Blood

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  1. As food, prohibited in Gen 9:4, where the use of animal food is first allowed. Comp. Deut 12:23; Lev 3:17; Lev 7:26; Lev 17:10ff. The injunction to abstain from blood is renewed in the decree of the council of Jerusalem (Acts 15:29). It has been held by some, and we think correctly, that this law of prohibition was only ceremonial and temporary; while others regard it as still binding on all. Blood was eaten by the Israelites after the battle of Gilboa (1Sam 14:32ff).
  2. The blood of sacrifices was caught by the priest in a basin, and then sprinkled seven times on the altar; that of the passover on the doorposts and lintels of the houses (Ex. 12; Lev 4:5ff; Lev 16:14ff). At the giving of the law (Ex 24:8) the blood of the sacrifices was sprinkled on the people as well as on the altar, and thus the people were consecrated to God, or entered into covenant with him, hence the blood of the covenant (Mt 26:28; Heb 9:19f; Heb 10:29; Heb 13:20).
  3. Human blood. The murderer was to be punished (Gen 9:5). The blood of the murdered "crieth for vengeance" (Gen 4:10). The "avenger of blood" was the nearest relative of the murdered, and he was required to avenge his death (Num 35:24ff). No satisfaction could be made for the guilt of murder (Num 35:31).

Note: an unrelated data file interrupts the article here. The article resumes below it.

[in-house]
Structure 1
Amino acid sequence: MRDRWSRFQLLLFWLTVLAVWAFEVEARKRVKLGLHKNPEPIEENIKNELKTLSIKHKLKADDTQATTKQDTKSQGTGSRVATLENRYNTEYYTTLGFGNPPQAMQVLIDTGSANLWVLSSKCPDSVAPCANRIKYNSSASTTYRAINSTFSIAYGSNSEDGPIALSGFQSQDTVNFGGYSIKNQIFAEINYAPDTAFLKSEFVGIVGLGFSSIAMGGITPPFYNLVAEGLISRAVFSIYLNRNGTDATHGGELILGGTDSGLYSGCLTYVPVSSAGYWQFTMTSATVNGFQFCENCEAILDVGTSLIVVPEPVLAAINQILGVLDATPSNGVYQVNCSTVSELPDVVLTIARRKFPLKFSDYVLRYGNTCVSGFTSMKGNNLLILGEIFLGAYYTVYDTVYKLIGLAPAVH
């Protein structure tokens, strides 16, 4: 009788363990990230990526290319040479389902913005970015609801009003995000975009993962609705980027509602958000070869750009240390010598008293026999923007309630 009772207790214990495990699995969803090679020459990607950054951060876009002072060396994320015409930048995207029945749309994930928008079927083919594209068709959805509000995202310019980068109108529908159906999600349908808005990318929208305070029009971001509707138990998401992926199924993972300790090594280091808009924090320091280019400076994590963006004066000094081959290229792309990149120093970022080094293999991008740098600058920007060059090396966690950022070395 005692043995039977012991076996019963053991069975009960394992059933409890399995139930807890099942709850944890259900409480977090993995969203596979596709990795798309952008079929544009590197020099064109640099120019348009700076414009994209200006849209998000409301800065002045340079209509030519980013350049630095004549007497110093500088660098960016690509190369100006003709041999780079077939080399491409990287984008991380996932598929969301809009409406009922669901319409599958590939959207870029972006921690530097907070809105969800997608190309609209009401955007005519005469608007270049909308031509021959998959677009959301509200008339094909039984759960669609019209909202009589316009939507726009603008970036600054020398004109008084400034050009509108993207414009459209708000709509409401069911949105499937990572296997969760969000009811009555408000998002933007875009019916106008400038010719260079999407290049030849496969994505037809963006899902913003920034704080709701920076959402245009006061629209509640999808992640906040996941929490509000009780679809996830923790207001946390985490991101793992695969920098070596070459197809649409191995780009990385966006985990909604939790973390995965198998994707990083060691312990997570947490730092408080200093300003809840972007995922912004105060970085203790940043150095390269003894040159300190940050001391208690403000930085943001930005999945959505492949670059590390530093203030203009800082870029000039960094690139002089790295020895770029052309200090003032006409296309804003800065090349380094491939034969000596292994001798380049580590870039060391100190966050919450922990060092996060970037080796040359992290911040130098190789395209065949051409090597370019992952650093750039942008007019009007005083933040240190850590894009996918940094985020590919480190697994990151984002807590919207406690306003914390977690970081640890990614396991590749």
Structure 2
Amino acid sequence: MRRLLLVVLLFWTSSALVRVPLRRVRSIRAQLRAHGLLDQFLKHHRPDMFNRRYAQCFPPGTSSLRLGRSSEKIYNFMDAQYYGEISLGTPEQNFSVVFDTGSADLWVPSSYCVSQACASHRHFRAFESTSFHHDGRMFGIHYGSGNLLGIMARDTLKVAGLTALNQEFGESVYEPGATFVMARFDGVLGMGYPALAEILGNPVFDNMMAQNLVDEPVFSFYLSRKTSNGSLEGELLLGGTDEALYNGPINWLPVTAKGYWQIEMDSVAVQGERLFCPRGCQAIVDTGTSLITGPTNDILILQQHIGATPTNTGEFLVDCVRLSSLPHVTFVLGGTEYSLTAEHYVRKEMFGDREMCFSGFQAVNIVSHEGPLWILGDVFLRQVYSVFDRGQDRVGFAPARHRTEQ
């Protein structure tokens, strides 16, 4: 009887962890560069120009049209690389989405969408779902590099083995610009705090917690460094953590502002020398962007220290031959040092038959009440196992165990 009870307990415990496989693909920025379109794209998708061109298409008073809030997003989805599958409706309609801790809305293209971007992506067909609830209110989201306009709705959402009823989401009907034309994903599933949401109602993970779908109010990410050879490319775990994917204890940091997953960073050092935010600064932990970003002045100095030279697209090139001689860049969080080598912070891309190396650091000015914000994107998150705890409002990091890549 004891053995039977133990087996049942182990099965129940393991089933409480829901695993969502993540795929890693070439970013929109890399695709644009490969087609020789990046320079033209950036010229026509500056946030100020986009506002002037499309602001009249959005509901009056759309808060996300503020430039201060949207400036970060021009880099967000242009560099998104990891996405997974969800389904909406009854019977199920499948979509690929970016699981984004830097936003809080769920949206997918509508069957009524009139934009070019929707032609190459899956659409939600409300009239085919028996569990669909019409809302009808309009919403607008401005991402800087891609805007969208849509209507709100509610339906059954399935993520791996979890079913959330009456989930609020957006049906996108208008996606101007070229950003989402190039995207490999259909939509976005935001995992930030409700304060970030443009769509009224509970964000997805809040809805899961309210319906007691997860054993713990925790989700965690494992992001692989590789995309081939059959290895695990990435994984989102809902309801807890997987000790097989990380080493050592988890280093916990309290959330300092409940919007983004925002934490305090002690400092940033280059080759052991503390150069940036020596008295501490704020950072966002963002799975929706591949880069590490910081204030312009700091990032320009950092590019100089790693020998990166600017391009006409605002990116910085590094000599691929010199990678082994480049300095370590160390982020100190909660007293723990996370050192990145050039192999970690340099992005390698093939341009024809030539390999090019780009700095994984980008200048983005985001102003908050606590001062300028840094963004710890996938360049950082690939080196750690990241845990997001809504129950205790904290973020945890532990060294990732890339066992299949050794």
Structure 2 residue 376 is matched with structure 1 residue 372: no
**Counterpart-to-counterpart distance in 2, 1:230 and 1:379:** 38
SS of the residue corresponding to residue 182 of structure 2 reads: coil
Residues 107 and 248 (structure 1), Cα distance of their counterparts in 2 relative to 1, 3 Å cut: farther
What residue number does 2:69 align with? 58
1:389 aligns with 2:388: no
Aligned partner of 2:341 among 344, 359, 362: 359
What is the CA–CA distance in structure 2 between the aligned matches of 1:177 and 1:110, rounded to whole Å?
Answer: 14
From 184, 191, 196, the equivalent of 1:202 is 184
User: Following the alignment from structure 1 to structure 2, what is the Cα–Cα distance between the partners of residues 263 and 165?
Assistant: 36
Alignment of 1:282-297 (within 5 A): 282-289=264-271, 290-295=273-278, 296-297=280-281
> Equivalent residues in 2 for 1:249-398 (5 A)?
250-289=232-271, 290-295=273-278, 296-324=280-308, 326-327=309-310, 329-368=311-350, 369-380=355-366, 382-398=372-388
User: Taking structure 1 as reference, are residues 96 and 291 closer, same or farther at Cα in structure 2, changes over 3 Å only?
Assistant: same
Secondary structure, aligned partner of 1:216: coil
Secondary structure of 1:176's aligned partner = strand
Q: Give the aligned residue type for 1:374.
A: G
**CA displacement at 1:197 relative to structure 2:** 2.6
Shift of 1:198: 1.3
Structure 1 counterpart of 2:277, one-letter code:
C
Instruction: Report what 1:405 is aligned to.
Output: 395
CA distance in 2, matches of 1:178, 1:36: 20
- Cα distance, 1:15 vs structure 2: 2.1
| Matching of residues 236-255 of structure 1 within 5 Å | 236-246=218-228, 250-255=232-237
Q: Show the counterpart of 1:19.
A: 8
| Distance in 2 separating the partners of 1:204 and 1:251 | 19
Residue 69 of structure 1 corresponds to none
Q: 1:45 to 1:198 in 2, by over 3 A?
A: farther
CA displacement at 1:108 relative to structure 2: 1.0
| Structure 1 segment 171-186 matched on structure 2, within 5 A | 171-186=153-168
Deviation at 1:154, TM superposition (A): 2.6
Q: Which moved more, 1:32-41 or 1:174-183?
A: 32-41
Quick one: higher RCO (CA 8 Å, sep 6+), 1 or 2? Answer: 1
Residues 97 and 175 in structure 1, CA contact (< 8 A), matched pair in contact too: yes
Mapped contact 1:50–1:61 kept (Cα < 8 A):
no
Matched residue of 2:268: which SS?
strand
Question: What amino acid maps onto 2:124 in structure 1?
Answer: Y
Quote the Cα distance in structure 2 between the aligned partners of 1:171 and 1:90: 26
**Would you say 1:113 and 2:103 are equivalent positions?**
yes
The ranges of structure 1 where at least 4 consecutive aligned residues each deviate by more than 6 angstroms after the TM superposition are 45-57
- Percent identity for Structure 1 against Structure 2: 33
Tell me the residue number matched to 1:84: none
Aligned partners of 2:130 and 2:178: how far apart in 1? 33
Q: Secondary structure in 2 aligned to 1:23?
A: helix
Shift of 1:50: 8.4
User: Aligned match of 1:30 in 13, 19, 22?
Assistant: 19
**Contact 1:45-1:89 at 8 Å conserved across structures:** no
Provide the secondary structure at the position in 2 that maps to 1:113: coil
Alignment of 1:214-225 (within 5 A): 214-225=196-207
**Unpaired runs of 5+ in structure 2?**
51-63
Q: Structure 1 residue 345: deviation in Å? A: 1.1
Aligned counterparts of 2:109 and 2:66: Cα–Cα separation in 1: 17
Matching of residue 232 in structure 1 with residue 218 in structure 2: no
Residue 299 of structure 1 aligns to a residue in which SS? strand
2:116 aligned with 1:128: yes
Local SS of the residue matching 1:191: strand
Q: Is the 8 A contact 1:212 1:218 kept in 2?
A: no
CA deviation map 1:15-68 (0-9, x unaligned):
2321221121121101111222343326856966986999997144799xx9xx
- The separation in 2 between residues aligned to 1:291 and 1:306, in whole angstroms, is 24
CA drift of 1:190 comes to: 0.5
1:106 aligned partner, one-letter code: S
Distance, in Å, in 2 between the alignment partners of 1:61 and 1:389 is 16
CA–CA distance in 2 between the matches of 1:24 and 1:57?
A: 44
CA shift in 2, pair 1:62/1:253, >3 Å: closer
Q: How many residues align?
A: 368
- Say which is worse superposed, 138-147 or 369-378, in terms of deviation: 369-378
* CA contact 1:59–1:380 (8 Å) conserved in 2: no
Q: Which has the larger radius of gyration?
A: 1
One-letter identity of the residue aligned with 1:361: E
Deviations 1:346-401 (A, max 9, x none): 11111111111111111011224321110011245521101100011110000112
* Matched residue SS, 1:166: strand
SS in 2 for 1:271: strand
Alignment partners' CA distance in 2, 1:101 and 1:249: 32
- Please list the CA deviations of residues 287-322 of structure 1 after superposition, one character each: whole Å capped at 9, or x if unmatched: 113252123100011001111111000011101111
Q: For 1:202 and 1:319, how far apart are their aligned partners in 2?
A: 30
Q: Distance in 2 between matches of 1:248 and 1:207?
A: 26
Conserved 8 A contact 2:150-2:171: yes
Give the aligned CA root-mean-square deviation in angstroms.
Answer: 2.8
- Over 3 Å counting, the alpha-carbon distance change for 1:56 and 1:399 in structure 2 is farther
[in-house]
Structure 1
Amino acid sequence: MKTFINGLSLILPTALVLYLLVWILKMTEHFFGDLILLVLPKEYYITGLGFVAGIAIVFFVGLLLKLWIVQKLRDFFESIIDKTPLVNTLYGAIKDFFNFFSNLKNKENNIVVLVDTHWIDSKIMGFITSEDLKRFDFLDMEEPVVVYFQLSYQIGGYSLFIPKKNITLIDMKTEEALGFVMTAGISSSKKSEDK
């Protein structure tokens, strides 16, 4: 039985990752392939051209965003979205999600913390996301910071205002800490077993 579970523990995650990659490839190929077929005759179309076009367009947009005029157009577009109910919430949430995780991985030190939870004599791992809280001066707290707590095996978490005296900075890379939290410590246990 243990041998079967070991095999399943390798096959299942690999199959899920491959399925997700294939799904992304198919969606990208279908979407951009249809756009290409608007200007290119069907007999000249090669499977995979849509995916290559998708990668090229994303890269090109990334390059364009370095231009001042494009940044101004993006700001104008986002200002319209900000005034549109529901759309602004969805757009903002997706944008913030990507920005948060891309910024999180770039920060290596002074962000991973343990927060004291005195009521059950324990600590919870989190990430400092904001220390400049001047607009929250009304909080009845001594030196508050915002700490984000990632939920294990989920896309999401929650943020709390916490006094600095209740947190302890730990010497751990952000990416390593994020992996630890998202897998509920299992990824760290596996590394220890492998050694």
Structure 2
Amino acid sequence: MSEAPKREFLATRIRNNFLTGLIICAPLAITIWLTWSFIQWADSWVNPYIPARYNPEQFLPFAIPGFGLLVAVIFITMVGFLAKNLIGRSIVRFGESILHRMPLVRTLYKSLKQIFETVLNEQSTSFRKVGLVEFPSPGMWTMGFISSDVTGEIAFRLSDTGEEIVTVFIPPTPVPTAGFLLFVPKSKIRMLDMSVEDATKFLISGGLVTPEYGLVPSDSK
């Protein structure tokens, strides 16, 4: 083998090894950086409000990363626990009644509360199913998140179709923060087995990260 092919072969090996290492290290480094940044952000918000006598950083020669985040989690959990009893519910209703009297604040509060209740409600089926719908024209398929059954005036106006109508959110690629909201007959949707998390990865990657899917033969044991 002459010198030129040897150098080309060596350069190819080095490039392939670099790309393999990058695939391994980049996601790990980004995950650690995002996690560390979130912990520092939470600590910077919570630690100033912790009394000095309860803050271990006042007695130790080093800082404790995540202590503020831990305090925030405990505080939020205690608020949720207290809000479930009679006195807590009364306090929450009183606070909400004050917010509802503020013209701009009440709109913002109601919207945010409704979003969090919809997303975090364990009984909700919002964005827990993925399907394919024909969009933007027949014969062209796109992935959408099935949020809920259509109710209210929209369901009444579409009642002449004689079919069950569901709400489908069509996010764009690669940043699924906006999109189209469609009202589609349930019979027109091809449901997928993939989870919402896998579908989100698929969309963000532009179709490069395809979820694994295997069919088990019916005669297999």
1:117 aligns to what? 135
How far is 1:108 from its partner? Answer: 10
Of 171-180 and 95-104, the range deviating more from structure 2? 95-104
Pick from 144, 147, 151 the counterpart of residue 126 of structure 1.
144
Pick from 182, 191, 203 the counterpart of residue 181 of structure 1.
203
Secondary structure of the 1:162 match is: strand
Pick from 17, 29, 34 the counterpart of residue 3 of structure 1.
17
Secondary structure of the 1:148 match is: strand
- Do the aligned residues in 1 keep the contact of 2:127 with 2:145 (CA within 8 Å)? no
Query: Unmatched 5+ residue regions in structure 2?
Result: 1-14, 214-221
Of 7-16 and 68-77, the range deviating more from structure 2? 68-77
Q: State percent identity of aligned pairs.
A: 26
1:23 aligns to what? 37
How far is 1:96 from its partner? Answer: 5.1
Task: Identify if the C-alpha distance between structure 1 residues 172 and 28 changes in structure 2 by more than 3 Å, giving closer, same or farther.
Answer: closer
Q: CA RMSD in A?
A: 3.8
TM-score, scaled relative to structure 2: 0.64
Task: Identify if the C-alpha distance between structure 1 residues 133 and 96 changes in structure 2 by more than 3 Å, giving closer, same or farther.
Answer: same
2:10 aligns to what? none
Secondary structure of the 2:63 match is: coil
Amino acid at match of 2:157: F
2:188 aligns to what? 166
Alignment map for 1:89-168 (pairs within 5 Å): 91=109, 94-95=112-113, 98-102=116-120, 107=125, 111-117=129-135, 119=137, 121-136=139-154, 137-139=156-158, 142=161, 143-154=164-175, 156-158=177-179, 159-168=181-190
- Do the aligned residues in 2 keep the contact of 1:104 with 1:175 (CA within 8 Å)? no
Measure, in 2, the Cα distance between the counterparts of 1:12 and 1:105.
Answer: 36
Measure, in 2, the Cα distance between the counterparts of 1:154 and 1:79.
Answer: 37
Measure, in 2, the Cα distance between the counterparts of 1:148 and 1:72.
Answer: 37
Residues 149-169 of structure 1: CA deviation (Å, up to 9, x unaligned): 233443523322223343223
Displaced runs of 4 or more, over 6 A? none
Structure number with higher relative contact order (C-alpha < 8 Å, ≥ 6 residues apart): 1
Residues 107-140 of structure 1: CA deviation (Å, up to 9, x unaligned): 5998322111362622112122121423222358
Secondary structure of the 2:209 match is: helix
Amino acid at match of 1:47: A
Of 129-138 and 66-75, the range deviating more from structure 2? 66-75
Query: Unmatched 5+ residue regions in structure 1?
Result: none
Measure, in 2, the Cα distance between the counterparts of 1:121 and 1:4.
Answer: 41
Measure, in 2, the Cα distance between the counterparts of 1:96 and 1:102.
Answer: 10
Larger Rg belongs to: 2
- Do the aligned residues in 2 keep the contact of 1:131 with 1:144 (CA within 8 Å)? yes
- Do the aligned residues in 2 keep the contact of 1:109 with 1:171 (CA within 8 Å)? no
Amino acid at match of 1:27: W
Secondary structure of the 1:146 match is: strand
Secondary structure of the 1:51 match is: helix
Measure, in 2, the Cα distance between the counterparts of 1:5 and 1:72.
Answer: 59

4. Blood used metaphorically to denote race (Acts 17:26), and as a symbol of slaughter (Isa 34:3). To "wash the feet in blood" means to gain a great victory (Ps 5810). Wine, from its red colour, is called "the blood of the grape" (Gen 49:11). Blood and water issued from Jesus' side when it was pierced by the Roman soldier (Jn 19:34). This has led pathologists to the conclusion that the proper cause of Jesus' death was rupture of the heart. (Comp. Ps 6920.)
This article needs to be merged with BLOOD (Jewish Encyclopedia).


This entry includes text from Easton's Bible Dictionary, 1897.

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